Vegas killer wounded guard before mass shooting


The site of the Route 91 music festival mass shooting is seen outside the Mandalay Bay Resort and Casino in Las Vegas.

LAS VEGAS - The Las Vegas gunman opened fire on a security guard six minutes before he rained down bullets on a crowd and killed 58 people, officials said on Monday in a change to the timeline of the deadliest mass shooting in modern US history.

The shooter, Stephen Paddock, 64, was seen on numerous occasions in Las Vegas alone and he gambled the night before the shooting, Clark County Sheriff Joseph Lombardo said at a news conference.

"This individual purposely hid his actions leading up to this event, and it is difficult for us to find the answers," said Lombardo, who said he was frustrated with the speed of the investigation.

Paddock sprayed an outdoor concert with bursts of gunfire from a Las Vegas hotel window on 1 October, killing 58 and wounding hundreds more, before shooting himself.

"In coordination with the FBI’s behavioural analysis unit, a comprehensive picture is being drawn as to the suspect's mental state and currently we do not believe there is one particular event in the suspect's life for us to [concentrate] on," Lombardo said.

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There is no indication anyone other than Paddock fired on the crowd, Lombardo said, adding investigators were talking to family and the girlfriend of the gunman.


Paddock shot and wounded a security guard who came to his floor at the Mandalay Bay hotel to investigate an open door near Paddock's suite, Lombardo said, providing new details on what occurred immediately before the mass shooting.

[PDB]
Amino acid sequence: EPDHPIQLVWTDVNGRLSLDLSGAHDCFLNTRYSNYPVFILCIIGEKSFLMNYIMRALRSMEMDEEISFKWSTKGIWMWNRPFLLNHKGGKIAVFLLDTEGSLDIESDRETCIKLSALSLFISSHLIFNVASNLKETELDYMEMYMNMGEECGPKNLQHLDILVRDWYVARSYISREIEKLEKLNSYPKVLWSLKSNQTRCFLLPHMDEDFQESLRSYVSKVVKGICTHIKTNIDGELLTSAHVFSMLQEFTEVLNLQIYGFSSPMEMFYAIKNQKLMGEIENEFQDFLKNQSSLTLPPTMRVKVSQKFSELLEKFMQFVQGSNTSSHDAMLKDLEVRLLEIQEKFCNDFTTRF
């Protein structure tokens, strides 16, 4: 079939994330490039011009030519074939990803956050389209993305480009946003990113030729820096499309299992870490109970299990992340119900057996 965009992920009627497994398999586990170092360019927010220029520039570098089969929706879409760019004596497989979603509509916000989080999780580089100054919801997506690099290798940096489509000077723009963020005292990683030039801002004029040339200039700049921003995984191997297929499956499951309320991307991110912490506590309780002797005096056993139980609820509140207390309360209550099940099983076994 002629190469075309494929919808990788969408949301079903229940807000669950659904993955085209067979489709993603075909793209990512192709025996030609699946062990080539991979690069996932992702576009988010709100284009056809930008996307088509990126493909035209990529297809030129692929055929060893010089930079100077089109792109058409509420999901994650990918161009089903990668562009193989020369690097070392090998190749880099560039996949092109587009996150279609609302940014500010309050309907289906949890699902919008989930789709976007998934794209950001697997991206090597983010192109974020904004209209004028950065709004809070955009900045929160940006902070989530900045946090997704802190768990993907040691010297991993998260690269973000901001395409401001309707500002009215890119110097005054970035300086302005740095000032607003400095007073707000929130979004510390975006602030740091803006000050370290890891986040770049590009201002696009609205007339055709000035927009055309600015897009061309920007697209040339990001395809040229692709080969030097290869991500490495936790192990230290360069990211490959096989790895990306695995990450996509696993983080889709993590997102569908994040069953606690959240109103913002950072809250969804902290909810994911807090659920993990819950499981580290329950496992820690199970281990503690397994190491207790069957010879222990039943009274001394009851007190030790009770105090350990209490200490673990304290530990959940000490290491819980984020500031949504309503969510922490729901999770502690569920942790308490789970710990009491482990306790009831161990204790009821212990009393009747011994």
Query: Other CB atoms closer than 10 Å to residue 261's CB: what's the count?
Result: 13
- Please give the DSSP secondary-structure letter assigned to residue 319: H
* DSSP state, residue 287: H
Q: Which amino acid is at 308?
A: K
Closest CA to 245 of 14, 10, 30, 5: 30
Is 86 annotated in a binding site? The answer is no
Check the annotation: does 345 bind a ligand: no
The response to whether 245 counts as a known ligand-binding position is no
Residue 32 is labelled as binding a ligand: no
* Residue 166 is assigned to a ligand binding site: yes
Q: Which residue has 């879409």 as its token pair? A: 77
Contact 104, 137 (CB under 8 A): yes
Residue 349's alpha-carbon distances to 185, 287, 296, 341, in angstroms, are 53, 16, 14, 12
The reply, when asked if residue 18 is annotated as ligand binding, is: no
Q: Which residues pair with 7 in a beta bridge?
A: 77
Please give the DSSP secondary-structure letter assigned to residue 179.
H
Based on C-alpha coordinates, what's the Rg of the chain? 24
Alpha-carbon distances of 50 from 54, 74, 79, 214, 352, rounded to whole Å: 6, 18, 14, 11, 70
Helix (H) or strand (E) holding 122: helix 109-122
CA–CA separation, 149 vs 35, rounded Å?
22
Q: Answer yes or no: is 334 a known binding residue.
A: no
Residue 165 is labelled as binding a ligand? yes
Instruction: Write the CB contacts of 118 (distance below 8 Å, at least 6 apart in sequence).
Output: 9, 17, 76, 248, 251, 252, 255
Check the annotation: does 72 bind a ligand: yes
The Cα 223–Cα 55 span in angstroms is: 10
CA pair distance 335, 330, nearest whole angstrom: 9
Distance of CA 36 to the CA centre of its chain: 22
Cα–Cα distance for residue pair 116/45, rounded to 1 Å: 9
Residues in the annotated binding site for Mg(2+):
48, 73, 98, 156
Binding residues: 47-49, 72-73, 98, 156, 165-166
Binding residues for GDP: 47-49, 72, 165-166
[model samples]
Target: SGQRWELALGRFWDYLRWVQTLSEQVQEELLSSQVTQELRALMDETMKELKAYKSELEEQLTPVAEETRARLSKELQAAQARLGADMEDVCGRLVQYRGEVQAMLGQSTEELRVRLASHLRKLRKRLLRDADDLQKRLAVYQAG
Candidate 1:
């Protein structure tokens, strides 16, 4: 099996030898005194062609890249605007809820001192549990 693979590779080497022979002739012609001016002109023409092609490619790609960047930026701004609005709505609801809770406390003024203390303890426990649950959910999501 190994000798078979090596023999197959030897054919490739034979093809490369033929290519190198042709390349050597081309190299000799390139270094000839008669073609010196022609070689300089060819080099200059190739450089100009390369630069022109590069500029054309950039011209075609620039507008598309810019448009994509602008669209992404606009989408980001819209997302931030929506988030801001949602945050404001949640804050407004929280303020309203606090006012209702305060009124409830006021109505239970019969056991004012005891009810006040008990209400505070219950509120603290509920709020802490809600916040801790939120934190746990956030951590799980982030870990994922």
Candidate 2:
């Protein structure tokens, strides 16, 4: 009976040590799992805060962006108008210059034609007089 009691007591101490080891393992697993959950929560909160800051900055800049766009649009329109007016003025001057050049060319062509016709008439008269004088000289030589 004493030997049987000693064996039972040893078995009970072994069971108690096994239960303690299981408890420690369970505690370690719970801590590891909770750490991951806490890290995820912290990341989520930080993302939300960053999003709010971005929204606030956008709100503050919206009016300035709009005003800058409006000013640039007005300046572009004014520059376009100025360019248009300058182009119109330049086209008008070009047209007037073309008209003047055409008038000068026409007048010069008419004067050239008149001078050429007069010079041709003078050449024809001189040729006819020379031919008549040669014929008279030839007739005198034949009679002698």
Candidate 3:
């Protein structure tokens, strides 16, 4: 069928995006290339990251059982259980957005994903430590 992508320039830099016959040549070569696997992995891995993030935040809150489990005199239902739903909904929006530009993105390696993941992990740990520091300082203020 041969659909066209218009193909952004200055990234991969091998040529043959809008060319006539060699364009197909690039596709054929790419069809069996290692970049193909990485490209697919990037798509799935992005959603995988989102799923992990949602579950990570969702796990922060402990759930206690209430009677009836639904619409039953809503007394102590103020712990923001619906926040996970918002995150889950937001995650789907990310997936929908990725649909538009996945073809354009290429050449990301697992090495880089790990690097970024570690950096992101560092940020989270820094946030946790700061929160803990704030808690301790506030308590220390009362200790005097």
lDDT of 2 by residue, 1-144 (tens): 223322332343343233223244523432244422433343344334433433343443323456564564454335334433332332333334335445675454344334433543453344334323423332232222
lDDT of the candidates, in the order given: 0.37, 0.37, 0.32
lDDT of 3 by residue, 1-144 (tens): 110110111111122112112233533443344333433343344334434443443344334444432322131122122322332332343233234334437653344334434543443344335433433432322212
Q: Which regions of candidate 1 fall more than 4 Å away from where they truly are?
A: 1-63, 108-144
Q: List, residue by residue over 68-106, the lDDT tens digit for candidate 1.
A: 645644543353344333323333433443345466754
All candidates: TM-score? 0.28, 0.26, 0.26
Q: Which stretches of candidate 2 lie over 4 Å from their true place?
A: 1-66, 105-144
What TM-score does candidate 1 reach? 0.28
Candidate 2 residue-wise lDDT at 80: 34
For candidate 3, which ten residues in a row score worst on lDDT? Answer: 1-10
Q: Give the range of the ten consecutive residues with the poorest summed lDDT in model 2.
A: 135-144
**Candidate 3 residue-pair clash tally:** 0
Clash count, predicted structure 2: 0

The security guard, Jesus Campos, was struck in the leg as Paddock, from behind his door, shot into the hallway on the 32nd floor. He apparently detected Campos via surveillance cameras he set up outside his hotel suite, police have said.

Paddock shot the guard at 9.59pm local time, shortly before raining bullets down on the Route 91 Harvest festival in a 10-minute attack that began at 10.05pm.

Police officers found Campos when they arrived on the 32nd floor.

A document in the room contained numbers, Lombardo said, adding he could not immediately say what purpose the figures served.

Las Vegas police officer David Newton told CBS News programme "60 Minutes" on Sunday that he had seen a note on the shooter's nightstand with numbers that appeared to be designed to help his aim.

Lombardo said It was unclear why Paddock had stopped firing at the crowd, suggesting he might have initially planned to escape.

He shot at jet fuel tanks at McCarran International Airport and had protective gear in the hotel suite and explosives in his parked car, Lombardo said.